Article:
Archaeologies of the Greek Past - Home
Joukowsky Institute for Archaeology & the Ancient World
Box 1837 / 60 George Street
Providence, RI 02912
Telephone: (401) 863-3188
Fax: (401) 863-9423
Pithekoussai, founded in the early to middle 8th century by the Euboeans, is widely held to be the first Greek colony, though whether or not it was a colony or simply a trading post is debatable (Ridgway). Located on the island of Ischia off the western coast of Italy, Pithekoussai is strategically positioned one or two days’ sailing length away from important copper and tin sources located in modern day Tuscany. This speaks to Pithekoussai’s importance as primarily a trading center, established by the poleis Kalchedon and Eretria as a means of reaching important resources (Cerchiai 14). Whitley points out, though, that to label Pithekoussai as the daughter colonies of only two poelis would be ignoring the fact that many remains have indicated the presence of other cultural influences, most notable Levantine. Further evidence to support the idea of Pithekoussai as a trading colony is that it contained a wonderful harbor but little agricultural potential (Whitley 126). This has led many scholars to contend that Pithekoussai was in fact not a colony but an emporion, or a “planned commercial enterprise in which hundreds of families prospered by the sale (without coinage) of their skills and labor” (Ridgway). Being the first Greek extension Westward, it is interesting to note just how far away Pithekoussai was founded from the Greek mainland. Whitley contends that the original Euboeans could not only have relied on earlier Mycenaen expeditions but instead must have had “inside information” about the area from some central Mediterranean trading partners (Whitley 127). Ridgway names these trading partners as the Levantines, which jives well with the findings of Levantine remains all over the site.
Archaeological records at Pithekoussai have been incredibly important in learning the finer points of the colony. The excavations, conducted by Giorgio Buchner in the 1950’s, studied about 500 graves, which interestingly represented 5% of a grave site used in the late 8th century. The analysis and subsequent calculations have estimated the population of the colony at around five to ten thousand individuals (Ridgway). Remains of houses and other architectural remains have led scholars to estimate the size of the colony at 1 km long, which interestingly makes it 3 times the size of the contemporary settlement at Smyrna. Despite its size, however, scholars have hesitated to label Pithekoussai as a polis, probably because of its lack of political organization and purpose (Whitley 127). Also of incredible importance in the archaeological record of Pithekoussai was the finding of Nestor's Cup.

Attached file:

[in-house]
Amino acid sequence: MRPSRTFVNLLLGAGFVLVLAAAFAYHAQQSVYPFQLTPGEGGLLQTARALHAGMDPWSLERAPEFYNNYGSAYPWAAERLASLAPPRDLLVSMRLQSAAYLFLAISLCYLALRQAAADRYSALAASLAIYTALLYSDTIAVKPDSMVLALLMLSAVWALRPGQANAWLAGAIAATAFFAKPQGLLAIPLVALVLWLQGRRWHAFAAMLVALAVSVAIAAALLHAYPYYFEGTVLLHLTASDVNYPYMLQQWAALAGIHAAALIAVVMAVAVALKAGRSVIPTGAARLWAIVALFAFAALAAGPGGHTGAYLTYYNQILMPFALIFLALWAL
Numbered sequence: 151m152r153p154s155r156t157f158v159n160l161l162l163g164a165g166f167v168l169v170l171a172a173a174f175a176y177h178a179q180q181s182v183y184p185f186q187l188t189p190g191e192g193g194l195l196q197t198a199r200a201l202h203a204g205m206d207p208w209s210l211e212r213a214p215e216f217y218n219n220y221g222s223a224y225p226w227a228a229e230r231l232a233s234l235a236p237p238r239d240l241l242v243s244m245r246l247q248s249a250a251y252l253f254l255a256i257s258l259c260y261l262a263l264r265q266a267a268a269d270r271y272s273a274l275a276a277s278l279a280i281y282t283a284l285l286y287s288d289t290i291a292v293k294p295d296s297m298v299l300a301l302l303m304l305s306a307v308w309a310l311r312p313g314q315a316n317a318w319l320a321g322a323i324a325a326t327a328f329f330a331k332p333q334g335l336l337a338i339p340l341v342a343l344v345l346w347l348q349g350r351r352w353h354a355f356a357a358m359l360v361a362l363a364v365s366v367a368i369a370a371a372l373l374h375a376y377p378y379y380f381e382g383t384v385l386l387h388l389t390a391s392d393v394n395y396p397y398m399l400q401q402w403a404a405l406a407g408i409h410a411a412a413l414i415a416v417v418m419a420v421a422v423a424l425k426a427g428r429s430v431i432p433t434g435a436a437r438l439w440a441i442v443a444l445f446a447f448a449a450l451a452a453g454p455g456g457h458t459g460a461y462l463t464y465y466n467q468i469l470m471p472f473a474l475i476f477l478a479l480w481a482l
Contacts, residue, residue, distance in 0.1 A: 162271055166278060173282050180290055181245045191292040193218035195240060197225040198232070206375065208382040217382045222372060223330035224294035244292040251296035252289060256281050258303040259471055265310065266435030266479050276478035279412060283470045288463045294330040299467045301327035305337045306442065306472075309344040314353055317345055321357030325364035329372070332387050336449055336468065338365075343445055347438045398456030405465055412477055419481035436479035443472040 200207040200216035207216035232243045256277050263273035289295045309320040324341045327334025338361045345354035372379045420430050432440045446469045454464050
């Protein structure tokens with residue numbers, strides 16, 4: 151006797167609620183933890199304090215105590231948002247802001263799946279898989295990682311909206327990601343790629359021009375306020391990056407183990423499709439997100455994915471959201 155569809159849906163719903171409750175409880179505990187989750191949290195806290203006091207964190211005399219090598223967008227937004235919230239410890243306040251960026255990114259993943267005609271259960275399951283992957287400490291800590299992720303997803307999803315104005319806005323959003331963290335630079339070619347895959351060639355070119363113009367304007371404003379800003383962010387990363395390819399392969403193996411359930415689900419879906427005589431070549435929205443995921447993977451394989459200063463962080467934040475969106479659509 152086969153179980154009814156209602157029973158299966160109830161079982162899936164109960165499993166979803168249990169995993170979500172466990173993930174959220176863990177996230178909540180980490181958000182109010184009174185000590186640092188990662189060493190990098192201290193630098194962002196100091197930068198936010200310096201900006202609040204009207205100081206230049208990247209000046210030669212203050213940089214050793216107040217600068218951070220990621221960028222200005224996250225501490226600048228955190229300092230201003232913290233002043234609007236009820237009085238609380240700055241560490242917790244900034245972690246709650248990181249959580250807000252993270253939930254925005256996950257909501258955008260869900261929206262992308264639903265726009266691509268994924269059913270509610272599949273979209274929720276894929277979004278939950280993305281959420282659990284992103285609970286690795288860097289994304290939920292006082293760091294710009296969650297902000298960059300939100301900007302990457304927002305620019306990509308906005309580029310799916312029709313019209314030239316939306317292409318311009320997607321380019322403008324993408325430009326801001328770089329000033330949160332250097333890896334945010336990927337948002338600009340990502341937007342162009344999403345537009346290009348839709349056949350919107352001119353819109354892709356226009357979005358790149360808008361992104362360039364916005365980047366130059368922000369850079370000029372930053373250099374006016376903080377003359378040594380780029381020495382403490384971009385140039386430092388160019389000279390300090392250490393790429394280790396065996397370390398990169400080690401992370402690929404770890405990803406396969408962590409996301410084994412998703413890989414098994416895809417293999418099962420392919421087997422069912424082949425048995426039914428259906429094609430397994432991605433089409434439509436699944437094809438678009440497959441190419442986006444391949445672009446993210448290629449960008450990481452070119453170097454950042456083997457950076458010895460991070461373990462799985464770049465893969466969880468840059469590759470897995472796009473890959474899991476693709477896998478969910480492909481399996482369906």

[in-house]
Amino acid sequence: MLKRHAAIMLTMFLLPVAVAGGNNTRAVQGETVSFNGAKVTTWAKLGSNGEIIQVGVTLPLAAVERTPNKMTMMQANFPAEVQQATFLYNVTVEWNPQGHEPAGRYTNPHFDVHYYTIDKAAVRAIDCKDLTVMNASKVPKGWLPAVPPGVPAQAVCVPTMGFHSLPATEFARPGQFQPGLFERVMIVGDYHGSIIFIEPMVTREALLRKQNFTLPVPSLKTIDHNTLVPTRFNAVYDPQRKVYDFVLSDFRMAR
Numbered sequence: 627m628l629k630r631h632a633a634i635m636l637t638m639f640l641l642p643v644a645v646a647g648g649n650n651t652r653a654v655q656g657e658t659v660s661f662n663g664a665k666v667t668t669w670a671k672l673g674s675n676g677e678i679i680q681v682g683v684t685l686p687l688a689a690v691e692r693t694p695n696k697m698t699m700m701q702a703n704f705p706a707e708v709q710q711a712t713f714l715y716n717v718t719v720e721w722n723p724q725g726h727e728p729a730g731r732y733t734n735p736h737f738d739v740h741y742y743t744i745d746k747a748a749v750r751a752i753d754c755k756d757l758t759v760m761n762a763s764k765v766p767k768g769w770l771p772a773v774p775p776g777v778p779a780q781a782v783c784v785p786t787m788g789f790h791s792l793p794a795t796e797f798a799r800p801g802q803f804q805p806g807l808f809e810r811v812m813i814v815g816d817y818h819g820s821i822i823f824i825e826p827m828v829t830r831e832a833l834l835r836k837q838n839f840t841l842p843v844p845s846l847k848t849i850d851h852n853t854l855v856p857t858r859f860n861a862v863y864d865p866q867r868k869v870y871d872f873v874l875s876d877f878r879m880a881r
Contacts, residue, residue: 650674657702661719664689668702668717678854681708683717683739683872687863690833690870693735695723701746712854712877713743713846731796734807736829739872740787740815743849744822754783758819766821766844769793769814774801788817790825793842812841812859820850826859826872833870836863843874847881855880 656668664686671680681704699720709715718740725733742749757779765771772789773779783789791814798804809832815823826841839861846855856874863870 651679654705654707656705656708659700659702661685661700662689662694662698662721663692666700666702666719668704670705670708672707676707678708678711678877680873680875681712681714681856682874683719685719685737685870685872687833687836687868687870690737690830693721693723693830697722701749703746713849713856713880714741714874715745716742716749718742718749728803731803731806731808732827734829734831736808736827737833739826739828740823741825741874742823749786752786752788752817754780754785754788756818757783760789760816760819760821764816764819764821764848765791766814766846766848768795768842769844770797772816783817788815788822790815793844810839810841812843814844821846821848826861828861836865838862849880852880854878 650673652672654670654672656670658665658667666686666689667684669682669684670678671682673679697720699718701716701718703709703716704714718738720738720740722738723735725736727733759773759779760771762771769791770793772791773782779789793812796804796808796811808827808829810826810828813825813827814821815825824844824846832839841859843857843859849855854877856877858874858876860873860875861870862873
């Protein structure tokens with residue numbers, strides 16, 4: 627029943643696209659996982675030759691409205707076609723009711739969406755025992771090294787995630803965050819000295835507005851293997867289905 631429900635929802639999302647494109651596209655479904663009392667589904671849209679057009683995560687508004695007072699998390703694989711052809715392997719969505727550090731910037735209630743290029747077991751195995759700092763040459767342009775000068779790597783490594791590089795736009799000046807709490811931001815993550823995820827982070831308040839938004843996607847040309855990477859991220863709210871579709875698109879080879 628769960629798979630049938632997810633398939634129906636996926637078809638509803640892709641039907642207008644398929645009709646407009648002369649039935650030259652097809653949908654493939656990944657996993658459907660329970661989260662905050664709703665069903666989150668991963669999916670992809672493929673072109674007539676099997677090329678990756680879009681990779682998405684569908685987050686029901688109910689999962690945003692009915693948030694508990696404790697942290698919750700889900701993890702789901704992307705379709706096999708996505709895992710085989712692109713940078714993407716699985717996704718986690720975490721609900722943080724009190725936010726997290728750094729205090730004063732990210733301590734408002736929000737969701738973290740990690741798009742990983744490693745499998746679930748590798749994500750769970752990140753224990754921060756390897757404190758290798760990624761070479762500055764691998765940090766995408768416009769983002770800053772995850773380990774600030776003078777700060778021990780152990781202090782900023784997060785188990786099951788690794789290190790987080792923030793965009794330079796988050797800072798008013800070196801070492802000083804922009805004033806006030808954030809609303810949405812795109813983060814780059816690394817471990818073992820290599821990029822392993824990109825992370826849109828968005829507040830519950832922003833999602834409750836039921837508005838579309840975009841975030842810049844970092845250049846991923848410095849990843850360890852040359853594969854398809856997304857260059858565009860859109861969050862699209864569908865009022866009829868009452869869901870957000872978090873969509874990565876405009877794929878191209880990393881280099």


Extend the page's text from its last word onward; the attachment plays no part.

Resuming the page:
Though at its height Pithekoussai was a well entrenched trading center, its power was eventually surpassed as the nearby colony of Cumae grew. As is seen with other Greek colonies, Cumae was founded by members of Pithekoussai as a more conventional colony where the emphasis was not so much on trade. Historians date the decline of Pithekoussai to about 725 BCE (Whitley 127). Today, Pithekoussai, or more generally the island of Ischmia, is home to volcanic mud baths known to help sufferers of sciatica.
Cerchiai, L., L. Jannelli, and F. Longo. The Greek Cities of Magna Graecia and Sicily. Los Angeles: Getty Trust Publications, 2004.
Ridgway, David. The First Western Greeks. Cambridge: Cambridge University Press, 1992.
Whitley, James. The Archaeology of Ancient Greece. Cambridge: Cambridge University Press, 2001.
Posted at Dec 20/2007 11:00AM:
chris witmore: Good job Arune, but why not add some images?